The value of leadership and commitment for a lifetime
As I am sure you have guessed this is an article about Queen Elizabeth II. She was an amazing woman who gave her life to serving her country and became a widely celebrated model for her time spent as Queen. Her funeral was Monday, September 19th, 2022, but the coverage reminiscing her life spanned the weeks from her passing and will likely continue long after. Her death marks the end of an era. Most of the coverage of her life has been about who she is, what she has accomplished, and rightfully so. This is an opportunity to look at the symbol she is and the lessons we can learn from her and her life of service.
Leadership is talked about a lot. A quick Google search or trip to the bookstore would yield thousands of results. There are so many opinions and types of leadership that they are hard to count. Everyone has their version of leadership. We are constantly critical of leaders, and everyone is quick to use their favorite examples of "perfect" and "terrible" leadership. So to begin this article we need to establish what exactly leadership is and the definition we are using going forward. Leadership in this case will mean setting an example and consistency. The reason for the use of this definition is because we are using the late Queen Elizabeth II as our primary example. Leadership is normally hands-on, there is a mentorship element and direct conversations that help to shape people. The Queen could not have that effect on most people, as a monarch is a very different kind of leader than your typical business leader or mentor for obvious reasons.
In my opinion, something that is assumed but may be overlooked is the duration that leadership takes. Leadership means a long commitment to results and growth. It will also have a lasting effect on the people and organizations that this person was a part of. Now it will be difficult to quantify what the lasting effect of Queen Elizabeth's rule will be since she just recently passed away. The point being is that she ruled the United Kingdom for over 70 years, where her platinum jubilee was celebrated, and she was ruler through peace and more crises than most could deal with. Most people do not provide 70 years of service until they are 96 years old to the same job. That value cannot be understated. To be able to weather storm after storm after storm and be that example to the people is exceptional. Whether you are pro-monarchy or against it, Queen Elizabeth II's commitment is a great example of good leadership even when things are not easy.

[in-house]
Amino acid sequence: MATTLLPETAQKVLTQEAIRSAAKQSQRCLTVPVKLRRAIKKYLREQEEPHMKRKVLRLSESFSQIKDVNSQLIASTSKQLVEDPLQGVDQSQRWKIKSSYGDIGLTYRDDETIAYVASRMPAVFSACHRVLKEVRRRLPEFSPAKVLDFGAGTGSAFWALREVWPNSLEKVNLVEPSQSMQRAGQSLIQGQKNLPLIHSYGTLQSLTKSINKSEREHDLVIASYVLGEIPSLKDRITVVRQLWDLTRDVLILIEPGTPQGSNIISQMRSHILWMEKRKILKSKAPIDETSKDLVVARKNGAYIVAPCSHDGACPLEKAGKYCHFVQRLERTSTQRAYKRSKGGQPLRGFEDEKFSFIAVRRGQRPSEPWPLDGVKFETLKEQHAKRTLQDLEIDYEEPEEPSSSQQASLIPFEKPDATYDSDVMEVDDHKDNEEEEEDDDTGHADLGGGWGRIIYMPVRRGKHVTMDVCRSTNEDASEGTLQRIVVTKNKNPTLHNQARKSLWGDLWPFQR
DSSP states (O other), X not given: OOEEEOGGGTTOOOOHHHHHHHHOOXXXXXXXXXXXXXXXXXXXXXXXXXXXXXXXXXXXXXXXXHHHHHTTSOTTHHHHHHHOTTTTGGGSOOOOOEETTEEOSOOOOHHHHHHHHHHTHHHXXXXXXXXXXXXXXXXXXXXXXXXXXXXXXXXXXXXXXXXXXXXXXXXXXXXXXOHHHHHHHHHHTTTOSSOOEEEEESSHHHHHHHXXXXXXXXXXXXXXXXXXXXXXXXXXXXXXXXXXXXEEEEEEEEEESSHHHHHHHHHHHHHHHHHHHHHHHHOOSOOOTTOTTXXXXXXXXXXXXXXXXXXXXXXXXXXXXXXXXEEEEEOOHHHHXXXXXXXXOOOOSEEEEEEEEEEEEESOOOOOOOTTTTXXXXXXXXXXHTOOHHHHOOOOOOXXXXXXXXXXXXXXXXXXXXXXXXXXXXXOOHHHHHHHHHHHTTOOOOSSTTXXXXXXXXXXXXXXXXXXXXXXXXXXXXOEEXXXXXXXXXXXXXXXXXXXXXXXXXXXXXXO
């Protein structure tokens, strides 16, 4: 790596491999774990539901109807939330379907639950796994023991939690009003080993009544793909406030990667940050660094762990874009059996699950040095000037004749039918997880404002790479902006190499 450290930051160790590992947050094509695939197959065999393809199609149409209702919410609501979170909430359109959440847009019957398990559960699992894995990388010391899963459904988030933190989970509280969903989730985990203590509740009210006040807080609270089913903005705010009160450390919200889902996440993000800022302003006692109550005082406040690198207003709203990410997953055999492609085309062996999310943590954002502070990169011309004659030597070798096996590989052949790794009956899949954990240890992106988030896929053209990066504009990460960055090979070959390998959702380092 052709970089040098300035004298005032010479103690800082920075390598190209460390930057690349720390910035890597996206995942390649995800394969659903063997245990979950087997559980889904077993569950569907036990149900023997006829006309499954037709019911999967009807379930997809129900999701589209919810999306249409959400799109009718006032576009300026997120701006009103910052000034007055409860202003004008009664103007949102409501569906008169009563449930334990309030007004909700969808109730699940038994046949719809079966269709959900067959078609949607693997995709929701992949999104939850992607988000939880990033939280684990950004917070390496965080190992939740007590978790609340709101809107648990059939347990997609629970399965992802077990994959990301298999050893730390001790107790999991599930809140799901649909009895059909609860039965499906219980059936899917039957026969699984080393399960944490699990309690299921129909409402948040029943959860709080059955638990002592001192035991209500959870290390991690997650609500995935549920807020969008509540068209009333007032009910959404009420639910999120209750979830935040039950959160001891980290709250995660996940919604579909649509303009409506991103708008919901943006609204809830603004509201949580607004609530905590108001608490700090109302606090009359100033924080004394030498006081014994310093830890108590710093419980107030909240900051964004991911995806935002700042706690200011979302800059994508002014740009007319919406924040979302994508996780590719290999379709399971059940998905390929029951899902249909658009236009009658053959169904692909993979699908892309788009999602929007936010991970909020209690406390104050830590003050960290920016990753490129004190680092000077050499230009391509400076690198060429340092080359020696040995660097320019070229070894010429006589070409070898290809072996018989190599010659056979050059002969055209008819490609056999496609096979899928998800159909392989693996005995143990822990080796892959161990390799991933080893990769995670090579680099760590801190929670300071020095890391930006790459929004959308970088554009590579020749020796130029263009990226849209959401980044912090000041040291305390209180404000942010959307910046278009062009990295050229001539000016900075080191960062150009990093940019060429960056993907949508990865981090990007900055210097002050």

Speaking of when things aren't easy, let's talk about the shifts that the monarchy had to take over the years to stay relevant and not be dissolved. Ruling for so long means that times were very different from when she first took power to the end of her time. At the beginning of her rule, the global culture and permissible actions were very different, as well as the support and respect for the position. For an institution that is notorious for tradition, there was growth and change that happened throughout the royal's tenure. A greate example of this is on her coronation, where a typically exclusive event was broadcasted to over 20 million Brits on television and another 11 million on the radio. This ability to join the public with the Royals was looked upon quite favorably, where 82% of Canadians say Queen Elizabeth did a good job in her role as monarch. These numbers do not stay that way unless you grow and change to accommodate times, even though this is lacking more tangible evidence. Obviously, they are not perfect as emphasized by the Prince Harry and Meghan Markle situation, or Princess Dianna, or any other number of scandalous situations that royal celebrities are bound to be followed by, but it does still show that she at least somewhat avoided the negative image that those situations entailed.
Another thing to keep in mind is that being a ruler even when you are voted in is not easy to keep popularity. Although today we live in a time where in some parts of the world women leaders are praised, likely this was not the case for Queen Elizabeth. Again, through her commitment to her responsibility, she accepted the challenges that leadership entails, even if people wouldn't listen just based on who she was. She also faced many major world events, such as several wars, serious inflation, the reeling economy from the Second World War, and countless other political issues over her time, again steadfast against these problems.
For all the faults that the royals have one thing you cannot accuse them of is lacking manners. Discipline, rigidity, and adherence to extreme regiment defines the Royals. Part of the reason they do this is because it helps them to exemplify that they are royal. As a leader, one must hold themself to higher standards than everyone around them to show by example, and Queen Elizabeth definitely exemplifies this behavior.
Whatever your feelings on the monarchy, we have lost a woman who held herself to the highest standards, committed her life to the service of the country and commonwealth, and all in the face of adversity. If you are looking for lessons in leadership then look no further than to the woman who did it for 70 years. Through the good and the bad, she met it head-on and took her responsibility seriously, making her an effective leader.
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